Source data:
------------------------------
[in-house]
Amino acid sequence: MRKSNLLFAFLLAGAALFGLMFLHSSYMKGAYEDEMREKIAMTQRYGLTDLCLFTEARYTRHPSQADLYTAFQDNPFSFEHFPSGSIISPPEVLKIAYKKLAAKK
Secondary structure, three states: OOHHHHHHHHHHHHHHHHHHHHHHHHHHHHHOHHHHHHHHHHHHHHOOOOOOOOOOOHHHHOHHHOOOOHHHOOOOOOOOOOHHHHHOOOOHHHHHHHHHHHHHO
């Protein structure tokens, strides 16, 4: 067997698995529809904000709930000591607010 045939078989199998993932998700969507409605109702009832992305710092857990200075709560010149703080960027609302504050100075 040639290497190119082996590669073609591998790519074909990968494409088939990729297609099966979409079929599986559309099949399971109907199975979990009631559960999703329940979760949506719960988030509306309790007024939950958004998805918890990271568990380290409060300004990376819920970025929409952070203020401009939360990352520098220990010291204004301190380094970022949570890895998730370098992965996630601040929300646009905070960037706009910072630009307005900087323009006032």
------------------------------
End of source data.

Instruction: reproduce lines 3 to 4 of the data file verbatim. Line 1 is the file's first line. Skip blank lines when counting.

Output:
Secondary structure, three states: OOHHHHHHHHHHHHHHHHHHHHHHHHHHHHHOHHHHHHHHHHHHHHOOOOOOOOOOOHHHHOHHHOOOOHHHOOOOOOOOOOHHHHHOOOOHHHHHHHHHHHHHO
């Protein structure tokens, strides 16, 4: 067997698995529809904000709930000591607010 045939078989199998993932998700969507409605109702009832992305710092857990200075709560010149703080960027609302504050100075 040639290497190119082996590669073609591998790519074909990968494409088939990729297609099966979409079929599986559309099949399971109907199975979990009631559960999703329940979760949506719960988030509306309790007024939950958004998805918890990271568990380290409060300004990376819920970025929409952070203020401009939360990352520098220990010291204004301190380094970022949570890895998730370098992965996630601040929300646009905070960037706009910072630009307005900087323009006032």